This Quick Tip tutorial will show you how to make high tech style HUD rings in Illustrator. The same effect can be easily achieved in Photoshop with "Polar Coordinate". However, "Polar Coordinate" is not available in Illustrator.
So we will be using a different approach here to achieve the same effect. We will be using the pathfinder tool and creating Art Brushes. We then use the brushes we created to make the HUD rings.
Open a new document in Illustrator. You can set it to the size you prefer to work in. In my case I have it set at 500px by 500px. Next turn on the grid (View > Show Grid) and set the Snap to Grid.
Use the rectangle tool (M) and turn off stroke and turn on fill to any color you like and start drawing any rectangular shape you would like to see in your HUD rings. Be creative, or you could follow what I have in the picture.
With the grid and snap to grid functions turned on, you can easily just fill in the grid to the shape you desire. Fill the entire width of your canvas.
Alternatively, you can fill in only half of the width of the canvas to get the half circle shape, however you must also fill in the remaining of the width of the canvas with rectangle shape with fill and stroke turn off.
Once you are done drawing the pattern you like, select all (Control + A) the rectangular shapes you have drawn to make up the pattern. Now use the pathfinder tool, click on 'Unite' (remember to hold down 'Alt' key when you click on 'Unite'), then press 'Expand'.
Now you have just made your first pattern for your high tech style ring.
If you have created a pattern that only fills up half the width of the canvas; when using the pathfinder tool; only select the rectangles with fill on.
To use the pathfinder tool, you can go under Effect > Pathfinder, or press (Control + Shift + F9) to open the pathfinder tool palette.
Repeat Step 2 and 3 as many time as you like. In my case, I made a total of 7 different patterns.
Now select all (Control + A) your patterns and drag them into the brush palette. Alternatively, you can click on the "New Brush" button at the bottom of the brush palette. "New Brush" window will pop up. Now choose "Art Brush" and click OK.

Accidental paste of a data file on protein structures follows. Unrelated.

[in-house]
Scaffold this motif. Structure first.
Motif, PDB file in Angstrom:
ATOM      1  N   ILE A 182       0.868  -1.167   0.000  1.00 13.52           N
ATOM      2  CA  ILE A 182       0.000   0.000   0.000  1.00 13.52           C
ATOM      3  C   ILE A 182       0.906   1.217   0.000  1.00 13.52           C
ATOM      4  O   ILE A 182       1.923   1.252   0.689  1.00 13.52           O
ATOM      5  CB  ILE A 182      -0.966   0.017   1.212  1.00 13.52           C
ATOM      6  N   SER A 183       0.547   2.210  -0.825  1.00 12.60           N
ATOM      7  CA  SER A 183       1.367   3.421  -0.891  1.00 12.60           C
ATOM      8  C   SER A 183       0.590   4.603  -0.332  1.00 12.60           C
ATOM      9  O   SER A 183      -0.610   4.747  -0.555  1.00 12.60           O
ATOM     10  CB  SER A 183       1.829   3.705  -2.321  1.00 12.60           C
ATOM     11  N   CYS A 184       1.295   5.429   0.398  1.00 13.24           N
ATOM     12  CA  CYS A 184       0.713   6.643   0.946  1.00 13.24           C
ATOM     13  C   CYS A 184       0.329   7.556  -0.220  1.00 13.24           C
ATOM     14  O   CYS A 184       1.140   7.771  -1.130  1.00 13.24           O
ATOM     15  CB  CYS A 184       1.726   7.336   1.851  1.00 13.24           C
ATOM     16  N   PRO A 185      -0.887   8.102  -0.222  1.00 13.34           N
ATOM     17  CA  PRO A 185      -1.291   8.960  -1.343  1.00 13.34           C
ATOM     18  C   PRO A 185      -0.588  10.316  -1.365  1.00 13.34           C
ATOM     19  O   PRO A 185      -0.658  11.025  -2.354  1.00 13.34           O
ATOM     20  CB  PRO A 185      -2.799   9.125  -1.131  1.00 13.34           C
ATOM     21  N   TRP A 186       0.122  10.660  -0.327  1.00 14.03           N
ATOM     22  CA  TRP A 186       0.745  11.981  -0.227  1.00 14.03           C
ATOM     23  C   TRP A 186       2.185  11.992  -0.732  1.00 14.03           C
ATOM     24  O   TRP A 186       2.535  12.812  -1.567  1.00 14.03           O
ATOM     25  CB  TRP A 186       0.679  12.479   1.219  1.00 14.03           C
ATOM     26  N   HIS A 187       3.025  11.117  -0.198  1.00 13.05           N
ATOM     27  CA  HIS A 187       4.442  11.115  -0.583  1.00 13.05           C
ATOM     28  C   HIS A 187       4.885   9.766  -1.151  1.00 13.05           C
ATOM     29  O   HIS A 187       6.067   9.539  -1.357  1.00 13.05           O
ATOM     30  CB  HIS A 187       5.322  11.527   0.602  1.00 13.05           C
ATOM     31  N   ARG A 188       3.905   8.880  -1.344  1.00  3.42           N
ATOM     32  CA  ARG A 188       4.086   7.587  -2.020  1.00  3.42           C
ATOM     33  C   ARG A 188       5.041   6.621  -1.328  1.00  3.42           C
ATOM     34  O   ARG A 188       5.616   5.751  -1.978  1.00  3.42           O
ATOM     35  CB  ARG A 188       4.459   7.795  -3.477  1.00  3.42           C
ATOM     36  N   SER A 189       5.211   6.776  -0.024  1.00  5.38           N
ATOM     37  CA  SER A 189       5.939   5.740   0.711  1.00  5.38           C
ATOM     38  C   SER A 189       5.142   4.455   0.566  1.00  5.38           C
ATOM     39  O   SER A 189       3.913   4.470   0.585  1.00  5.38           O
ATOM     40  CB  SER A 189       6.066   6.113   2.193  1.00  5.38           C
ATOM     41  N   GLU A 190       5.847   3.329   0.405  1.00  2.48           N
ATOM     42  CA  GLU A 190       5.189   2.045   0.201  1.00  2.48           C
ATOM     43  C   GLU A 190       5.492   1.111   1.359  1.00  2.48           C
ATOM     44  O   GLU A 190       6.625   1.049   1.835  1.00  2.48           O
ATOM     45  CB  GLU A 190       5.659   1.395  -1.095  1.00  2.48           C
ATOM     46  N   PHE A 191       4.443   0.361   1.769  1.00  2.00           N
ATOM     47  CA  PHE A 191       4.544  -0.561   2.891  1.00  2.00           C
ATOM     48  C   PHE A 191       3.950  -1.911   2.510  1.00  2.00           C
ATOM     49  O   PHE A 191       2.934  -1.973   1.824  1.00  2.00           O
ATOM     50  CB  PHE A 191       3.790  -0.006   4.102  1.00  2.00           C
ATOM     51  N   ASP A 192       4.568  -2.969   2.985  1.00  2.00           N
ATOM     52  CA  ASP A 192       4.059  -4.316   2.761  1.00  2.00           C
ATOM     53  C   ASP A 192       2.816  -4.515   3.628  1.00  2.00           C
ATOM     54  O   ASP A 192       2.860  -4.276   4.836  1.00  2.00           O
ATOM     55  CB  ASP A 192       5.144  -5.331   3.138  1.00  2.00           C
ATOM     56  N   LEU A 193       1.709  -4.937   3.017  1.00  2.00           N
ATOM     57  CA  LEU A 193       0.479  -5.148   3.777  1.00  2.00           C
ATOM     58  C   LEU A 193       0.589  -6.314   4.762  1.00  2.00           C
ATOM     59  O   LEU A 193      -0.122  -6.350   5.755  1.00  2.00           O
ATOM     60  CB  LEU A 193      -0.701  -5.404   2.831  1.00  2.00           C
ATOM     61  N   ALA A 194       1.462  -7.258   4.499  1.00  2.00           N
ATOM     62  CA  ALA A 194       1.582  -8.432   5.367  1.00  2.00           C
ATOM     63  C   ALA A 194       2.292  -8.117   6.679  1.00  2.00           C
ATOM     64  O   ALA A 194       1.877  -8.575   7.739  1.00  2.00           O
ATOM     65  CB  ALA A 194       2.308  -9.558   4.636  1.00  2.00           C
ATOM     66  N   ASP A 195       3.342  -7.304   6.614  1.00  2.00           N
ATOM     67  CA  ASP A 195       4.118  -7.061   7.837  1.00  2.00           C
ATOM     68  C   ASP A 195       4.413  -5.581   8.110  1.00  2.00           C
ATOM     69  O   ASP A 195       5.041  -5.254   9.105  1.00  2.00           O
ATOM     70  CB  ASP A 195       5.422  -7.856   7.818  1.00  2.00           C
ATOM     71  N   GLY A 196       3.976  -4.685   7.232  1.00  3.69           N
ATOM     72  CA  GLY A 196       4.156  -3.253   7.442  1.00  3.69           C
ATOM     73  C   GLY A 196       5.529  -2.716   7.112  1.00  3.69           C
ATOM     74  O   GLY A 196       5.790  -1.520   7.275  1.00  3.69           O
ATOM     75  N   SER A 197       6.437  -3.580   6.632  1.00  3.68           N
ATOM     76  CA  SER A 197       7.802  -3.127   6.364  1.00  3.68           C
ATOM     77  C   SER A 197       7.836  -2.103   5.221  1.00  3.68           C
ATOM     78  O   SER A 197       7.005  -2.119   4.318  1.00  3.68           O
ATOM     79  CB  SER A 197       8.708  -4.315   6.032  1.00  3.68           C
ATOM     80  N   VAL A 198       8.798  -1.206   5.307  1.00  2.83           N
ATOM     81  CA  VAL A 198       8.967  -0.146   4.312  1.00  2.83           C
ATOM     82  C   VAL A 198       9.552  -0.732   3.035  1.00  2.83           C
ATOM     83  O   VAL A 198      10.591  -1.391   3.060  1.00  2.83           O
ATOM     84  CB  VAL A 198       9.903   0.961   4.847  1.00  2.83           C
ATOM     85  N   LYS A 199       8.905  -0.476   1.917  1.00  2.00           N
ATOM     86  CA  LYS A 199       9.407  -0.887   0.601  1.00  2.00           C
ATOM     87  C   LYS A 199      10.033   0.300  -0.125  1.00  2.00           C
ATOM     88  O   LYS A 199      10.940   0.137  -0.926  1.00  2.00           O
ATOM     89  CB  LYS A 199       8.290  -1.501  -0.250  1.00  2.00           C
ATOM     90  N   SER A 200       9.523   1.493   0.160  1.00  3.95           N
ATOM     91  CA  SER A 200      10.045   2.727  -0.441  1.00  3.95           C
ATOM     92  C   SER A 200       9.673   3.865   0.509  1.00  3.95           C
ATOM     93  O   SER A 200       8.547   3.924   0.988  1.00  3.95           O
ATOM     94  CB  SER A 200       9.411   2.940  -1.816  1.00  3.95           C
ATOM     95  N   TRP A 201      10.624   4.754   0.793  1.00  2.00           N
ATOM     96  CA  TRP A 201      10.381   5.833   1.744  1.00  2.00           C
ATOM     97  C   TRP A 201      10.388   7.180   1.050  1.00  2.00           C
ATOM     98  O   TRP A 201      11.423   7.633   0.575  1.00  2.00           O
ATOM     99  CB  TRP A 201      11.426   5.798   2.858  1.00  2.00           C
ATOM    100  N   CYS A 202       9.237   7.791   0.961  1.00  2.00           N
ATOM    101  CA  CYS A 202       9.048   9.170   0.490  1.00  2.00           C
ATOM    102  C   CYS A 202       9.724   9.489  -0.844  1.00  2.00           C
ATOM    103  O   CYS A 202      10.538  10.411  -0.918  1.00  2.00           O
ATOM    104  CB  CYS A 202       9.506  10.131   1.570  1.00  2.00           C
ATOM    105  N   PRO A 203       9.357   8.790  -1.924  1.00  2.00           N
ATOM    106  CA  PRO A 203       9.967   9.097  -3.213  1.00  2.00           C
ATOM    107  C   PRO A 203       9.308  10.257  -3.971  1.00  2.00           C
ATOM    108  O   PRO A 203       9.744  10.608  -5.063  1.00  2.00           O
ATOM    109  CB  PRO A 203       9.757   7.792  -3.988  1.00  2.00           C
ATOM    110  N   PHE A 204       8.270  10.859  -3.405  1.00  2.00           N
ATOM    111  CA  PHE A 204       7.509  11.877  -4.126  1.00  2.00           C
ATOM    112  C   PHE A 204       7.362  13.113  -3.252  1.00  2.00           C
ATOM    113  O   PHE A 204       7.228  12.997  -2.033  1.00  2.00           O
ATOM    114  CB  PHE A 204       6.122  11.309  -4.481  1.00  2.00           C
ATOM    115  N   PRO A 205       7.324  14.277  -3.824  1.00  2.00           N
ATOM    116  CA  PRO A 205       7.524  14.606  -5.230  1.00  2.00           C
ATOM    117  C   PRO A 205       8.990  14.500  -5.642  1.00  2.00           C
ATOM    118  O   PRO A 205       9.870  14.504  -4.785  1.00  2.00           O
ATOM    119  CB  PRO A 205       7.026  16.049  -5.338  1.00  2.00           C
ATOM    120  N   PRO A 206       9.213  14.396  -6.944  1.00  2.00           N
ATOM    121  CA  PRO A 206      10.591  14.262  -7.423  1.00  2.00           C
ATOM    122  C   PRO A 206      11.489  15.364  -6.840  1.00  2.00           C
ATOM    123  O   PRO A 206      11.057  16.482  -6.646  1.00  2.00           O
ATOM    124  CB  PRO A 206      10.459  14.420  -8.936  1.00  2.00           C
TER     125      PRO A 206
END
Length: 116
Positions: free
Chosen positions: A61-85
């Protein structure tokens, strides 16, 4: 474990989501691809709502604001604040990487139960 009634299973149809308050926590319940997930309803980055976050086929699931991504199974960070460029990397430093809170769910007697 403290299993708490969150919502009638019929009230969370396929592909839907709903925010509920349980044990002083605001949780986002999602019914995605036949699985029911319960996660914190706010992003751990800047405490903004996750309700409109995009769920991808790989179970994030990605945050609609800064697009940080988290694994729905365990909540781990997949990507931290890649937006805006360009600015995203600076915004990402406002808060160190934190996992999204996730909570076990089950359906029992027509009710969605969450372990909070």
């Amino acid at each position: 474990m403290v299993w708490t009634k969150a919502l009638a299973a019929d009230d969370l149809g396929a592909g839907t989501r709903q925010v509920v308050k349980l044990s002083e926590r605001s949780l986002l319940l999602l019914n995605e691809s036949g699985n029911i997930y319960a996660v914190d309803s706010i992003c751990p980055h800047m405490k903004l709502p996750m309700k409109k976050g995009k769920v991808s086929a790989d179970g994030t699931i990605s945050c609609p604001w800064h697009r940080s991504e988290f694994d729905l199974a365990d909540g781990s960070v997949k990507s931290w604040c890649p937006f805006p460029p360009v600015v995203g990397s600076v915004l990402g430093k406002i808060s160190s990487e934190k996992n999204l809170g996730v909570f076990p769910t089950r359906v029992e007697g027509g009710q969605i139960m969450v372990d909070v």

You can name your brush any name you like or leave it as the default name. Under Colorization > Method, choose "Tints" from the drop down menu box. Click OK, and now you have just created your own brush pattern.
Alternatively, you can choose to set each individual pattern as an "Art Brush". Once you are done, your brush palette should have something similar to the picture.
If you have patterns that only fill up half the width of the canvas, don't forget to also select the rectangle with no fill and stroke on as well as the rectangles that you applied the pathfinder tool on when you create a new brush.
Now I recommend you save the brush you have just created by clicking on the folders button at the bottom left corner of the brush palette.
Now use the Ellipse tool (L), set it to no fill and set stroke to any color you like and the stroke size you like. Hold down Shift key to draw a perfect circle outline on the canvas. Hold down the Alt key as well if you want the circle to expand from the center.
With your newly created circle outline still selected, click on the brush pattern you have designed in the brush palette.
Voila! You have just created your own high tech style HUD rings.
You can change the color of the rings by playing around with the color palette.
Now, if you have set each individual pattern as an Art Brush, you can create a few circle outlines and apply different brush pattern to each circle outline to your liking.
To finish off this tutorial, here are some pointers for future reference. If you have set individual pattern as individual brush, you can have as many patterns you want and create different style of HUD rings to your liking.
I recommend you put each individual pattern in a separate layer as you create you own high tech HUD rings, so you can import it into After Effects later and animate each ring separately, and you can also assign different colors for each
of the rings. With this technique, I was able to make some more complicated looking HUD rings to use in After Effects than creating it in After Effects with a masking technique. Thank you for reading this tutorial. I hope this technique is helpful.
Subscribe below and we’ll send you a weekly email summary of all new Design & Illustration tutorials. Never miss out on learning about the next big thing.Update me weekly
Envato Tuts+ tutorials are translated into other languages by our community members—you can be involved too!Translate this post